By reacting the optically active base with fumaric acid, 48 g of fumarate are obtained, m.p. 179°-180° C. The salt contains an equimolar amount of fumaric acid.
Starting from (+) 4-aminomethyl-1-benzylpyrrolidin-2-one (α20 D +2.07°; c=10.0, methanol) the title compound is obtained in a manner analogous to that used in Example 2, α20 D -1.8° (c=10.0, methanol). The fumarate is also obtained in a manner analogous to that of Example 2, m.p. 178°-180° C.
76 g (0.37 mol) of 4-aminomethyl-1-benzylpyrrolidin-2-one are dissolved in 1.2 liters of dry dioxane and 52 ml of triethylamine are added. 40 ml of phenyl chloroformate are added dropwise thereto, over a period of 15 to 20 minutes, while cooling with ice, and the mixture is evaporated in vacuo after a further 30 minutes. The residue is taken up in methylene chloride and the organic solution is washed several times with water. The dried organic phase is suction filtered over charcoal and evaporated. When ether is added, 100 g of 4-phenoxycarbonylaminomethyl-1-benzylpyrrolidin-2-one crystallizes out, m.p. 89°-90° C.
100 g of this compound are refluxed with 1.2 liters of acetonitrile and 62 g of N-methylpiperazine for 2 hours. The solvent is evaporated off, the product is taken up in methylene chloride, washed with water, and dried with magnesium sulphate, the solvent is evaporated again and the product recrystallized from ethyl acetate. The yield is 78 g, m.p. 124°-126° C.
52 g (0.25 mol) of 4-aminomethyl-1-benzylpyrrolidin-2-one are stirred for 2 hours at ambient temperature in 70 ml of dioxane with 38 g (0.25 mol) of p-chlorophenylisocyanate and the solution is then evaporated in vacuo. The residue crystallizes out of ethyl acetate to yield 67 g of the title compound, m.p. 139°-140° C.
33 g (0.1 mol) of 4-(N-methylpiperazinyl)-carbonylaminomethyl-1-benzylpyrrolidine-2-one, 500 ml of tetrahydrofuran and 4.5 g of sodium hydride (55% oil suspension) are stirred for 30 minutes at ambient temperature, during which time hydrogen gas is developed. 20 g of methyl iodide are added (about 0.15 mol) and the mixture is refluxed for 3 hours. Then the reaction mixture is concentrated by evaporation, water is added to the residue and this is then extracted with methylene chloride.
The title compound is obtained in a yield of 16 g, m.p. 134°-136° C.
The compounds listed in the following Table I were prepared by processes analogous to those described in Examples 1-6.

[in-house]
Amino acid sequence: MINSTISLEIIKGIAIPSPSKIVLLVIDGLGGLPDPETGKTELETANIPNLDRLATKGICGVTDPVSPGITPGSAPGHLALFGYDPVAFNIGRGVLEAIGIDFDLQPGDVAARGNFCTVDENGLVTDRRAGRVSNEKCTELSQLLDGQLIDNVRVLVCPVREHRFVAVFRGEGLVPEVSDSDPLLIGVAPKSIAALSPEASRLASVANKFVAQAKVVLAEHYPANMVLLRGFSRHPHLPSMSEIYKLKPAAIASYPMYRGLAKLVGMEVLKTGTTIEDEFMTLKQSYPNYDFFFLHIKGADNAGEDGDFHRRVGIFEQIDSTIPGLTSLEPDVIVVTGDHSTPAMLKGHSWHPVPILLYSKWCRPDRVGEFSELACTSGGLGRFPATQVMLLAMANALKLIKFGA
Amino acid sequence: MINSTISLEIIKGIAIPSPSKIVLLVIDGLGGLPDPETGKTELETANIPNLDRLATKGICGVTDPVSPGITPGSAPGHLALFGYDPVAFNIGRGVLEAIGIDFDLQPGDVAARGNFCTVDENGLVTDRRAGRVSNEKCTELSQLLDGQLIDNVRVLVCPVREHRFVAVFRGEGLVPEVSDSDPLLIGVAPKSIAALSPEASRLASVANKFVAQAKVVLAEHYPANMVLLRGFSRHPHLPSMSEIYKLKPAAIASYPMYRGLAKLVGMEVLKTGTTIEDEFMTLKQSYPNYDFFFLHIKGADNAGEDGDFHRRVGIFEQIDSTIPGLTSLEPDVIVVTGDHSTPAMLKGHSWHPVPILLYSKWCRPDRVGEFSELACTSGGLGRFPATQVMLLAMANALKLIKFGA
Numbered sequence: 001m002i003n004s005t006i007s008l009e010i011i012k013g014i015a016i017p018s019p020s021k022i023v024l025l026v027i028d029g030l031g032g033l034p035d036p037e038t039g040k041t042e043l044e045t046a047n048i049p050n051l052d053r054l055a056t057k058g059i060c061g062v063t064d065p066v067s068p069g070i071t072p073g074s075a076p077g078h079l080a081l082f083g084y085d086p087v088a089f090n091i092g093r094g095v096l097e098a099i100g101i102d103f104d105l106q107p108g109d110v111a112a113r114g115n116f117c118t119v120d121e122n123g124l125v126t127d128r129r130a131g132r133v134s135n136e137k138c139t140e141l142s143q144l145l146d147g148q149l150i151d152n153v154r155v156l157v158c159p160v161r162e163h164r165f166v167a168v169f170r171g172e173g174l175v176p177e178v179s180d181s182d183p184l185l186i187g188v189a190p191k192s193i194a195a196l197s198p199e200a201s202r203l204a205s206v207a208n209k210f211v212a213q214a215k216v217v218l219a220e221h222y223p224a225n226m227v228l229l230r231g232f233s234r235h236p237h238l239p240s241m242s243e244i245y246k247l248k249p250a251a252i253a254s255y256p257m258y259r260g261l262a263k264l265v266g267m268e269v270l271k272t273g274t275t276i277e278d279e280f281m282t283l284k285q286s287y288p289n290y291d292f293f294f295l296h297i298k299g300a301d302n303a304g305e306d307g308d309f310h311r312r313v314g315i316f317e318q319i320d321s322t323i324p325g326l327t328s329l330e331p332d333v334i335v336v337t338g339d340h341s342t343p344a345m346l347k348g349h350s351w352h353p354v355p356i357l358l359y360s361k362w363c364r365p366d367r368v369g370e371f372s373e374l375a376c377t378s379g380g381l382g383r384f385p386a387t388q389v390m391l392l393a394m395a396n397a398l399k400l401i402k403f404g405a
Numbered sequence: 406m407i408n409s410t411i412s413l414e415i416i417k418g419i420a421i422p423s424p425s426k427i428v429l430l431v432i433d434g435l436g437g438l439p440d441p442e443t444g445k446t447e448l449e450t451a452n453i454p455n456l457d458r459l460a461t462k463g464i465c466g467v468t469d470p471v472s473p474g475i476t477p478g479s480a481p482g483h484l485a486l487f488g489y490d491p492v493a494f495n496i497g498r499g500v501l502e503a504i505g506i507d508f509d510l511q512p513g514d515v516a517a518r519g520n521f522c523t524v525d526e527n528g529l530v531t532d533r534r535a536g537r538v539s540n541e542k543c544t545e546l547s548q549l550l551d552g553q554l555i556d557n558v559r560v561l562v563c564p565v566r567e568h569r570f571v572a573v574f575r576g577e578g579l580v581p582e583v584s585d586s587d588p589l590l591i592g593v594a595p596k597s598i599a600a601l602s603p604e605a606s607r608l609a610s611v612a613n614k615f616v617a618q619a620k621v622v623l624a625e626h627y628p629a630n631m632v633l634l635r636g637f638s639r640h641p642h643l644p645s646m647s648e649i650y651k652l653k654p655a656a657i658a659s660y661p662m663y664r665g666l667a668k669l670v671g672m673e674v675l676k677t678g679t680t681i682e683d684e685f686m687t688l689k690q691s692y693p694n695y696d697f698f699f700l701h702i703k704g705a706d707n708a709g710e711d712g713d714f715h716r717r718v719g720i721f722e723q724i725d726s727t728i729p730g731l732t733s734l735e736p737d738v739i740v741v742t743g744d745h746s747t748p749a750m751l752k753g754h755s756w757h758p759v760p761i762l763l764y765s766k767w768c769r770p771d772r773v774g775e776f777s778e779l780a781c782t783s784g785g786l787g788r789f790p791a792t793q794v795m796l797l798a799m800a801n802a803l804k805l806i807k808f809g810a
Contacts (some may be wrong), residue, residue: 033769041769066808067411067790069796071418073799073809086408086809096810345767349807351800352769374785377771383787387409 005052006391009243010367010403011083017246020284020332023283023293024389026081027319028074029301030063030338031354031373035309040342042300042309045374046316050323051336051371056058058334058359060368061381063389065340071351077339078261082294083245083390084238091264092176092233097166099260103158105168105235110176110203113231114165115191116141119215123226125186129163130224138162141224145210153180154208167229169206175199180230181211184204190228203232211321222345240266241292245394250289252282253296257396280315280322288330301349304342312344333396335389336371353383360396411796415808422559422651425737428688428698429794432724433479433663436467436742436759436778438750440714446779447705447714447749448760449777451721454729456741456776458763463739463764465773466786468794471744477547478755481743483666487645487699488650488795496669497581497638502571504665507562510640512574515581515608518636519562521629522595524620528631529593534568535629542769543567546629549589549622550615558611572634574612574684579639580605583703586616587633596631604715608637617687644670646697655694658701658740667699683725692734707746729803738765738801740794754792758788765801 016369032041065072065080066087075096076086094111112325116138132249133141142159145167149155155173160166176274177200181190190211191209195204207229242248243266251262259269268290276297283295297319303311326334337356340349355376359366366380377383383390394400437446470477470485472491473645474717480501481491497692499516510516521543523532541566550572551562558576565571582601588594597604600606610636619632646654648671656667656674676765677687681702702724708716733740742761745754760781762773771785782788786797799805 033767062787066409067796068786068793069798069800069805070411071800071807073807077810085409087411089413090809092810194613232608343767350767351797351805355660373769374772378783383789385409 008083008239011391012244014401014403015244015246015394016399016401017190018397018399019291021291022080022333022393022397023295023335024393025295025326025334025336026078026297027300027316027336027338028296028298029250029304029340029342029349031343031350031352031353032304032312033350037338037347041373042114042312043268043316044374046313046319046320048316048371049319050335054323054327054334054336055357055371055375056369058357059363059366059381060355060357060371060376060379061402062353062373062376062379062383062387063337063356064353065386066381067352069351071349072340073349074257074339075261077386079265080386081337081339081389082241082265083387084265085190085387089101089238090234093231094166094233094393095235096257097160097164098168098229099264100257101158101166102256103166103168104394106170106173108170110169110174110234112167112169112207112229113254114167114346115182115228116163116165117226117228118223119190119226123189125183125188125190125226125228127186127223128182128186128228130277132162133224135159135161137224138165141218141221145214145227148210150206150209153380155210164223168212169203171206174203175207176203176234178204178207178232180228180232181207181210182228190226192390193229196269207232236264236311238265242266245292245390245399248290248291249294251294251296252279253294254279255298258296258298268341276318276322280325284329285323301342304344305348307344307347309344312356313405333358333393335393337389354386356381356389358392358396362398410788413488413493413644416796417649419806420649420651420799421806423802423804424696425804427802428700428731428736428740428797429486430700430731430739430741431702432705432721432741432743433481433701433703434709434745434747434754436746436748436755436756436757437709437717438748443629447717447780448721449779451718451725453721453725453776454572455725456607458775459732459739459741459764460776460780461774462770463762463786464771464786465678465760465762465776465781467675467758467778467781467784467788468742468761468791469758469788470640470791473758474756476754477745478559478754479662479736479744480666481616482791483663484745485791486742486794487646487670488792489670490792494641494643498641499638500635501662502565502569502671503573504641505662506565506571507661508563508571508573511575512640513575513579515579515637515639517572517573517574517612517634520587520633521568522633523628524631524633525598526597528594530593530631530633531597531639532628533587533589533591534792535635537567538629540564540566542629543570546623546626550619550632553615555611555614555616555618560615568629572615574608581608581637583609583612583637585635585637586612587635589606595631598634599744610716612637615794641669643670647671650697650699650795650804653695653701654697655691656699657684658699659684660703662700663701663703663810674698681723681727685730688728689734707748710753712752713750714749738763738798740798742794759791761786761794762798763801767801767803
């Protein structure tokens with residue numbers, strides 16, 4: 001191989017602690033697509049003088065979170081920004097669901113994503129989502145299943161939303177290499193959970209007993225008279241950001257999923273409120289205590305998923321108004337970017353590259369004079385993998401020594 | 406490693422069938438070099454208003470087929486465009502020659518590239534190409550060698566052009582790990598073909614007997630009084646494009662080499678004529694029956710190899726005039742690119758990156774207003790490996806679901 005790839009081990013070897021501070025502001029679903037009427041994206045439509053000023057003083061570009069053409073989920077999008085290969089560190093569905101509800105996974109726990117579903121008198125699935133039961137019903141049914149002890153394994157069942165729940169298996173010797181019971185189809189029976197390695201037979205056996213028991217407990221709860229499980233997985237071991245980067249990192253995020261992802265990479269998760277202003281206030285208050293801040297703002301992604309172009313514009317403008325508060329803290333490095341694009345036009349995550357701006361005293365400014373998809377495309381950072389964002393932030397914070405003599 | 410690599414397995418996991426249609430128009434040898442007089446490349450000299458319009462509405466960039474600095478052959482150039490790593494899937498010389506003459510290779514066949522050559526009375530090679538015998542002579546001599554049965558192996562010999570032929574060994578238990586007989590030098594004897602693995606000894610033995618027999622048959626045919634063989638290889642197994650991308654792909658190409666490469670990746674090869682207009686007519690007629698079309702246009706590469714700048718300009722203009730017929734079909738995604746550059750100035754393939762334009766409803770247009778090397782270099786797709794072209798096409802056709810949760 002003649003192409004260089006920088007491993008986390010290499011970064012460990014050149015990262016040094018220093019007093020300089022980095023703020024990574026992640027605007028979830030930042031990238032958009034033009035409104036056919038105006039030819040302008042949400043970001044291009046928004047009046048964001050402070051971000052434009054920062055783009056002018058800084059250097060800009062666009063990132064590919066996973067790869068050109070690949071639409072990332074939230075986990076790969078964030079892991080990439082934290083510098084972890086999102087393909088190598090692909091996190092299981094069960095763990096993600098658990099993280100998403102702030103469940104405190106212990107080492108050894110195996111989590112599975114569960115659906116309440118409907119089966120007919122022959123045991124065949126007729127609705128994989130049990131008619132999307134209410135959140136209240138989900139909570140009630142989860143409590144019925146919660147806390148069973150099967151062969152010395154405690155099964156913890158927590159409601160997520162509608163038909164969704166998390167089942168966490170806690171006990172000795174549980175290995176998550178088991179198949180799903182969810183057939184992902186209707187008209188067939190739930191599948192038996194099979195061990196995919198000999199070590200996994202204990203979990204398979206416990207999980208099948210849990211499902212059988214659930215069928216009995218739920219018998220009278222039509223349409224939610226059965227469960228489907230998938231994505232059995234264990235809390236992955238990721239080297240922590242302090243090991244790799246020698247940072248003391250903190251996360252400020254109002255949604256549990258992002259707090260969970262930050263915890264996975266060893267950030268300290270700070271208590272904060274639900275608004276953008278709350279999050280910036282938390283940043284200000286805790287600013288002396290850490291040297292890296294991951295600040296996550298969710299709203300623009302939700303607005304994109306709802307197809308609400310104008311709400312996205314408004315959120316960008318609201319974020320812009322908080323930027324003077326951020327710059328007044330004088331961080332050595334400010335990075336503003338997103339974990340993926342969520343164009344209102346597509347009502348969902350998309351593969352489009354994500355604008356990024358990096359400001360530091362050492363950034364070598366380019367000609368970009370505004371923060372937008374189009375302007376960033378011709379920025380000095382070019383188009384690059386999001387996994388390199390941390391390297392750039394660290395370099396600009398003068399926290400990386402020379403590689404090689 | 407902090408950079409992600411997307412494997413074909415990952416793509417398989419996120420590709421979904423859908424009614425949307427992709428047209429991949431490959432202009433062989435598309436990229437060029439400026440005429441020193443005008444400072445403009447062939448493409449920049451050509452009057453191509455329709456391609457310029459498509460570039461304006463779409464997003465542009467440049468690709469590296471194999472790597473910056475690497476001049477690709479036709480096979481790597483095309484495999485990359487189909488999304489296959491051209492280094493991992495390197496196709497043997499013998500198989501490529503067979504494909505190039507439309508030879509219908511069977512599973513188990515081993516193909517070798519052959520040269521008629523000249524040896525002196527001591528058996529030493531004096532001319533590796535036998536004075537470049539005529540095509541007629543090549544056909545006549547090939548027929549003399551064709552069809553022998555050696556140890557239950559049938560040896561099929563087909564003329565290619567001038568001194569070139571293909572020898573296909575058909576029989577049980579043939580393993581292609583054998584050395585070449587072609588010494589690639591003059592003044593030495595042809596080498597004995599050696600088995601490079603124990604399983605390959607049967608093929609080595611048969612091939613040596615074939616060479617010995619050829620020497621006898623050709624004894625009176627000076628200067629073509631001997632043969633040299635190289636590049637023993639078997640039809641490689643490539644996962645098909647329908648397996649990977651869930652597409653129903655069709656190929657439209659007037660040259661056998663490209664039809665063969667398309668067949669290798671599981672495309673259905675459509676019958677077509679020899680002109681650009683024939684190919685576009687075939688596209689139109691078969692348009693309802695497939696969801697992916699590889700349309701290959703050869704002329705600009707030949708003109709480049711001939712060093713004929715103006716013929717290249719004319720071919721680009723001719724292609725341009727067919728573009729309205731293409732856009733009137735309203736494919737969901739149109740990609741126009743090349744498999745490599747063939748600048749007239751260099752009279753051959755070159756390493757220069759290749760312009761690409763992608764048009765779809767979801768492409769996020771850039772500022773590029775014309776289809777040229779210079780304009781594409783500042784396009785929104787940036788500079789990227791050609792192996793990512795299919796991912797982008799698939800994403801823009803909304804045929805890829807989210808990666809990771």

TABLE I__________________________________________________________________________ ##STR7##R1 A Mp. Base °C. Fumarate °C.__________________________________________________________________________ ##STR8## ##STR9## 117-118 ##STR10## ##STR11## 115-117 ##STR12## ##STR13## 102-103 ##STR14## ##STR15## 114-116 ##STR16## ##STR17## 115-117 ##STR18## ##STR19## 104-106 ##STR20## ##STR21## 139-140 ##STR22## ##STR23## 110-112 ##STR24## ##STR25## 178-180 ##STR26## ##STR27## 153-154 ##STR28## ##STR29## 134-136 ##STR30## ##STR31## 160-162 ##STR32## ##STR33## 88-89 ##STR34## ##STR35## 127-128 ##STR36## ##STR37## Oil ##STR38## ##STR39## 168-170 ##STR40## ##STR41## 106-108 ##STR42## ##STR43## Oil ##STR44## ##STR45## 139-141 ##STR46## ##STR47## 114-115 ##STR48## ##STR49## 131-134__________________________________________________________________________
______________________________________(A) Tablets per tablet______________________________________Active substance 100 mgLactose (powdered) 140 mgCorn starch 240 mgPolyvinylpyrrolidone 15 mgMagnesium stearate 5 mg 500 mg______________________________________
The finely ground active substance, lactose, and some of the corn starch are mixed together. The mixture is sieved, then moistened with a solution of polyvinylpyrrolidone in water, kneaded, wet-granulated and dried. The granules, the remaining corn starch and the magnesium stearate are sieved and mixed together. The mixture is compressed to form tablets of suitable shape and size.